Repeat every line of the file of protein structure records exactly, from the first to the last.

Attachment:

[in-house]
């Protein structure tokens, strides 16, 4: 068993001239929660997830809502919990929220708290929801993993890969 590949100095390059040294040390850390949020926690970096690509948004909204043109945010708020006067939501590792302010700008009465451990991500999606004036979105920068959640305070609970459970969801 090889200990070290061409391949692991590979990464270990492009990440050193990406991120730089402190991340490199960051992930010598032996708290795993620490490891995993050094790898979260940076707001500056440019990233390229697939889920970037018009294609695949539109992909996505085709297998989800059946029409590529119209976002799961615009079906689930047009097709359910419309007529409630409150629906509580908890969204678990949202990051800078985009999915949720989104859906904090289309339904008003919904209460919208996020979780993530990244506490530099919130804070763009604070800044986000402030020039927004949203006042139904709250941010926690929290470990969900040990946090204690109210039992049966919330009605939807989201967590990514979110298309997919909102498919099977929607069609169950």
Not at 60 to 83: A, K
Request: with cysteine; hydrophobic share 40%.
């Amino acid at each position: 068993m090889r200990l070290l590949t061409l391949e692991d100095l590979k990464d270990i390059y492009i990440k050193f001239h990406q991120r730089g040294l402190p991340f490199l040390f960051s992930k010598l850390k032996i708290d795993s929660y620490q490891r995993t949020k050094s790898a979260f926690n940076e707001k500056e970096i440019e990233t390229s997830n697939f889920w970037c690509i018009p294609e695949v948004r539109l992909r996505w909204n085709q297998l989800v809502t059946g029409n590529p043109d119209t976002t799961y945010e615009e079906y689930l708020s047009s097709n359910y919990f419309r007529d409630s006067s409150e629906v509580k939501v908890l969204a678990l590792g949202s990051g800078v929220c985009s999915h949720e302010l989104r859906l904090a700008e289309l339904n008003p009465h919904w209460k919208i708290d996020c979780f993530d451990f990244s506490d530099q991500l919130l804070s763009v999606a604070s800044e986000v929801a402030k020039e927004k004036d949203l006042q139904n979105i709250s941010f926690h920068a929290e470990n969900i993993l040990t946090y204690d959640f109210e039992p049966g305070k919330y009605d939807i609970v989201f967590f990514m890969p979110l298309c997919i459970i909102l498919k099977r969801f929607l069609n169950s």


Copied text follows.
[in-house]
């Protein structure tokens, strides 16, 4: 068993001239929660997830809502919990929220708290929801993993890969 590949100095390059040294040390850390949020926690970096690509948004909204043109945010708020006067939501590792302010700008009465451990991500999606004036979105920068959640305070609970459970969801 090889200990070290061409391949692991590979990464270990492009990440050193990406991120730089402190991340490199960051992930010598032996708290795993620490490891995993050094790898979260940076707001500056440019990233390229697939889920970037018009294609695949539109992909996505085709297998989800059946029409590529119209976002799961615009079906689930047009097709359910419309007529409630409150629906509580908890969204678990949202990051800078985009999915949720989104859906904090289309339904008003919904209460919208996020979780993530990244506490530099919130804070763009604070800044986000402030020039927004949203006042139904709250941010926690929290470990969900040990946090204690109210039992049966919330009605939807989201967590990514979110298309997919909102498919099977929607069609169950």
Not at 60 to 83: A, K
Request: with cysteine; hydrophobic share 40%.
């Amino acid at each position: 068993m090889r200990l070290l590949t061409l391949e692991d100095l590979k990464d270990i390059y492009i990440k050193f001239h990406q991120r730089g040294l402190p991340f490199l040390f960051s992930k010598l850390k032996i708290d795993s929660y620490q490891r995993t949020k050094s790898a979260f926690n940076e707001k500056e970096i440019e990233t390229s997830n697939f889920w970037c690509i018009p294609e695949v948004r539109l992909r996505w909204n085709q297998l989800v809502t059946g029409n590529p043109d119209t976002t799961y945010e615009e079906y689930l708020s047009s097709n359910y919990f419309r007529d409630s006067s409150e629906v509580k939501v908890l969204a678990l590792g949202s990051g800078v929220c985009s999915h949720e302010l989104r859906l904090a700008e289309l339904n008003p009465h919904w209460k919208i708290d996020c979780f993530d451990f990244s506490d530099q991500l919130l804070s763009v999606a604070s800044e986000v929801a402030k020039e927004k004036d949203l006042q139904n979105i709250s941010f926690h920068a929290e470990n969900i993993l040990t946090y204690d959640f109210e039992p049966g305070k919330y009605d939807i609970v989201f967590f990514m890969p979110l298309c997919i459970i909102l498919k099977r969801f929607l069609n169950s």